Earlier this month, Futurelooks reviewed the Corsair Voyager 32GB USB Flash drive, a drive that uses a special rubber casing to allow it to absorb impact and protect it from the elements. The Voyager has been around since 2005 and during our first review, we gave it a pretty good beating by dropping it and submerging it in water. Now that we’re in 2008, the trend is to throw massive storage into tiny casings. As a result of this, some people could be holding their whole lives in these little things. In order to give people the assurance that they need to continue toting around their stuff in flash drives, Corsair came out with their Survivor line of Ultra Rugged drives which takes durability to a whole new level.
The Corsair Survivor 32GB Ultra Rugged USB 2.0 Flash Drive takes off where the Voyager leaves us, and gives us an even higher level of durability. The new casing is now manufacturered from CNC-milled, anodized aircraft-grade aluminum casing that is water resistant to 200M through the use of a EPDM waterproof seal. It is also protected from vibration or impact damage through the use of a molded shock dampening collar. The Survivor is available in sizes from 4GB – 32GB (as tested) and also comes in a GT version up to 16GB’s that supports faster transfer speeds than the vanilla Survivor.
The Survivor also comes with Encryption Software (Windows Only) called True Crypt that supports 256-AES encryption. Mac users will have to look somewhere else for their Encryption Software. The drive is compatible with both USB 2.0 and 1.1 and is backed by a 10 year warranty.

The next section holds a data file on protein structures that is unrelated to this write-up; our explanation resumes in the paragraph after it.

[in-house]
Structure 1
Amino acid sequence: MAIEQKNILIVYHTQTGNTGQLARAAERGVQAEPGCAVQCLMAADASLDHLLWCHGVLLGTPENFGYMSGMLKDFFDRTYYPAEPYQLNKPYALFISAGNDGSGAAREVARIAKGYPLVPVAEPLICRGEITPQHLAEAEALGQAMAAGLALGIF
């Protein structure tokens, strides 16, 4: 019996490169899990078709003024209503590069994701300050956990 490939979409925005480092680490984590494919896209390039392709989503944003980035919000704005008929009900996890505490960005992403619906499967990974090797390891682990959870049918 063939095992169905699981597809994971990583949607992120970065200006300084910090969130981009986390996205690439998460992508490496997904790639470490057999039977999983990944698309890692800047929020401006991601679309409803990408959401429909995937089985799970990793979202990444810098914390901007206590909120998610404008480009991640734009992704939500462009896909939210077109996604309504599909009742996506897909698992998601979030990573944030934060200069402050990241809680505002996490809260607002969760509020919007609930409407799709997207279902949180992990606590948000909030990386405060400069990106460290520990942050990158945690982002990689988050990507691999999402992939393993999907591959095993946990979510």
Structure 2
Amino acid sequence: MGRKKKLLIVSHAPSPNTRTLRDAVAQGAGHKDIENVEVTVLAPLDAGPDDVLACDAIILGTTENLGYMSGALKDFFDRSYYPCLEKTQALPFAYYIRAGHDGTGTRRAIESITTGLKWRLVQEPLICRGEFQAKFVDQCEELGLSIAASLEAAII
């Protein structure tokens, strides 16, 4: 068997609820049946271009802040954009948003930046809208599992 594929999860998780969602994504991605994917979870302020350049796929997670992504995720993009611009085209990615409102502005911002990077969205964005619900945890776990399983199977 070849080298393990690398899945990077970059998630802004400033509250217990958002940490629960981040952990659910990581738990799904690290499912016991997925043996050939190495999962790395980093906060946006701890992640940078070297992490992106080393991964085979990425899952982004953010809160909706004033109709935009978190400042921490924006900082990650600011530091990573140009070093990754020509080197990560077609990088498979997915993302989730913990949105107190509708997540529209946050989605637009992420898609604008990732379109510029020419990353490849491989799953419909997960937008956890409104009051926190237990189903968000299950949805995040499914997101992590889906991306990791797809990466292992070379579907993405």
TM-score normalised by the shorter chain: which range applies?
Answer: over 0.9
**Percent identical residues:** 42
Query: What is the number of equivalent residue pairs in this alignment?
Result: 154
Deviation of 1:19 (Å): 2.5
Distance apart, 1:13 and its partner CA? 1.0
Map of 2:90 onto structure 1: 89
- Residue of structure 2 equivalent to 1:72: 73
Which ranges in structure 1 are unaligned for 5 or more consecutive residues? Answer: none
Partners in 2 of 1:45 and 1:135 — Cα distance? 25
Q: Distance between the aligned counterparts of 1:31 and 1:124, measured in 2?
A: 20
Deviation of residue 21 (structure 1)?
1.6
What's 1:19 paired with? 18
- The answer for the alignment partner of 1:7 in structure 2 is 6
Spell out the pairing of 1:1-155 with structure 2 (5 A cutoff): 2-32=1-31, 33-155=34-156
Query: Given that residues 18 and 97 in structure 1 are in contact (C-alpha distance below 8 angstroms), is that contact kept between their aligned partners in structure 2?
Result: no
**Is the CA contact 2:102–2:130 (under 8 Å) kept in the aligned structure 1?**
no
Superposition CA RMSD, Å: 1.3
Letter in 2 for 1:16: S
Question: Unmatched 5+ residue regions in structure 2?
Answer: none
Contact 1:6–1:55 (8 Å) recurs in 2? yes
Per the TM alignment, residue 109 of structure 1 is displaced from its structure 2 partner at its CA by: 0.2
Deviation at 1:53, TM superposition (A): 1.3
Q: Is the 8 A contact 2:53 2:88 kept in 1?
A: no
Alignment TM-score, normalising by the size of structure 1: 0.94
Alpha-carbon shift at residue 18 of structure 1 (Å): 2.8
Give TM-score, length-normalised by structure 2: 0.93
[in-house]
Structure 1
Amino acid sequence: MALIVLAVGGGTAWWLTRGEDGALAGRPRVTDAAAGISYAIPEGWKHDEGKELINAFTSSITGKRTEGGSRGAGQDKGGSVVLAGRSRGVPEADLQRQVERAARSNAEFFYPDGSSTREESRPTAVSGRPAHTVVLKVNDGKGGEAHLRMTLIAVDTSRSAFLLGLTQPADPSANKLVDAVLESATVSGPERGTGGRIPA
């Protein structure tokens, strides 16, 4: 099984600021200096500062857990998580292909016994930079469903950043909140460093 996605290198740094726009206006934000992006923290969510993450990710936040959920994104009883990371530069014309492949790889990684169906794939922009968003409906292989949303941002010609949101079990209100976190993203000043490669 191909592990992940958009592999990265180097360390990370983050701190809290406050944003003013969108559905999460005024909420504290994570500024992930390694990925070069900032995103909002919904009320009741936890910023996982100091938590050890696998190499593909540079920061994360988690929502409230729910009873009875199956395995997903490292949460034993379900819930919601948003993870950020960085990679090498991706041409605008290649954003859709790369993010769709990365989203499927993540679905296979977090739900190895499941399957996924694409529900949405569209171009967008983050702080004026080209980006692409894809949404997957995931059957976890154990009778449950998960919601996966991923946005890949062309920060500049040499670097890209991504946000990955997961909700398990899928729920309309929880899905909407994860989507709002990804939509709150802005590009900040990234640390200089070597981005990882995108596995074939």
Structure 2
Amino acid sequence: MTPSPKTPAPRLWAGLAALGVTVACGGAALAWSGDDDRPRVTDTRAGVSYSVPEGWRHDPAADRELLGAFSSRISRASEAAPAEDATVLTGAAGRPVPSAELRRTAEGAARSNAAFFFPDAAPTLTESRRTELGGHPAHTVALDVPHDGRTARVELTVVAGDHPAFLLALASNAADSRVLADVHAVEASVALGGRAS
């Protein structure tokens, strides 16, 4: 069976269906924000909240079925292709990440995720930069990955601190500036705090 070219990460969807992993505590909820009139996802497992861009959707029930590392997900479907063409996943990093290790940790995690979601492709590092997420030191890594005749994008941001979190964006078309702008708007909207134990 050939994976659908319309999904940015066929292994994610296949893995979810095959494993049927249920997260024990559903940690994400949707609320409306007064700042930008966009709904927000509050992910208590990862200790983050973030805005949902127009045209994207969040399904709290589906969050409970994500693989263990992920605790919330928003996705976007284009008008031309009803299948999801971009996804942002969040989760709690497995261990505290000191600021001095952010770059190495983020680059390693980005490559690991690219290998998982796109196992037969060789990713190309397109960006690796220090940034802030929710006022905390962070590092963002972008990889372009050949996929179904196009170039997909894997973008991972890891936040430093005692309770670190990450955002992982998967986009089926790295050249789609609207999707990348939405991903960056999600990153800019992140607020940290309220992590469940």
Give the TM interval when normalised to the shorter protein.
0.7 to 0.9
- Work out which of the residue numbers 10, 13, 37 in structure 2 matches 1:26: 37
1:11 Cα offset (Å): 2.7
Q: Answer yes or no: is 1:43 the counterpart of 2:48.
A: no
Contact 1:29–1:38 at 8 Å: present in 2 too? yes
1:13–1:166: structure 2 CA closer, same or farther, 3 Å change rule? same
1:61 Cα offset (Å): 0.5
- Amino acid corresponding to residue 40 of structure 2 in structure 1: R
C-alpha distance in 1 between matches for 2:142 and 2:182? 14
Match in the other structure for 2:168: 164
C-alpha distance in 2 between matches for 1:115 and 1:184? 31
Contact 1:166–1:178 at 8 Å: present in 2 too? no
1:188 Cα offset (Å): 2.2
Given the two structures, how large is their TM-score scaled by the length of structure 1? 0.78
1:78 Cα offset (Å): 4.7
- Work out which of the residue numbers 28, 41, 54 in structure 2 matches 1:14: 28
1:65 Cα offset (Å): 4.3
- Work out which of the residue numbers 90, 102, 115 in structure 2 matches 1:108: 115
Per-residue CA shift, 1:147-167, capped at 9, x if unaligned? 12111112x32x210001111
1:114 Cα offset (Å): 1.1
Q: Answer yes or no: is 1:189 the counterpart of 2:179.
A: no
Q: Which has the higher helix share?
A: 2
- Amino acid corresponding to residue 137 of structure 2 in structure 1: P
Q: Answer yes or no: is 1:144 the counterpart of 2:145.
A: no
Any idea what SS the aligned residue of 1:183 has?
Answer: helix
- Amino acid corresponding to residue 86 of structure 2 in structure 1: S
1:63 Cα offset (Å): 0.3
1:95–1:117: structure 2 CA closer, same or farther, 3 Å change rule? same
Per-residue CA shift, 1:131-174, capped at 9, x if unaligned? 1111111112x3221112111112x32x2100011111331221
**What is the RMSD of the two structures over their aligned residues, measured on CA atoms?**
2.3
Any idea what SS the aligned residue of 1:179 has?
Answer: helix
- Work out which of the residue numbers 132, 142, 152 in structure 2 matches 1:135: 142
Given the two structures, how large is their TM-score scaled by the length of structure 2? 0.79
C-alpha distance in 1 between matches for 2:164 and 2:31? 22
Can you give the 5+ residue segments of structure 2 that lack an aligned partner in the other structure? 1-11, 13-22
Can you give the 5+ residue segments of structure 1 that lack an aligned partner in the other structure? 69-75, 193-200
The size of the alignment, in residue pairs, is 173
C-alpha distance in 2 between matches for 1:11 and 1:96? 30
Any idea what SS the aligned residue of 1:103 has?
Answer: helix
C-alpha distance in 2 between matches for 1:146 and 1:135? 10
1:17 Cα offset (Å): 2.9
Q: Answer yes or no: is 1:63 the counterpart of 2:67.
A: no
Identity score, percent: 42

What’s in the Box?
Inside the package, we are greeted by a USB extension cable and a set of dog tags. Yes, dog tags. In my humble opinion, this is a dog of an accessory. This makes me sort of miss that cheesy lanyard that they gave us with the Voyager series. Apparently, you hang the Survivor around your neck with these tags to look cool. I don’t think so. I would have rather seen Corsair figure out an ingenious way to attach the cap to the drive so we don’t loose it.
The Survivor is truly a precision machined device. I knew this right away when I uncrewed the two pieces, and then screwed them back together again. This is significant because no matter how many times I did this, the two end pieces with the hole lined up perfectly with eachother. Opening it up reviews the O-ring and the flash drive body itself. It is this full body armour that gives the Survivor its “survival instincts” so to speak. This is also where my criticism of the dog tags over a viable tethering system is justified: If the covering is ever misplaced, the Survivor immediately loses all of its ruggedness. Although we all try to be careful, this stuff just goes missing and I wish Corsair would address this.
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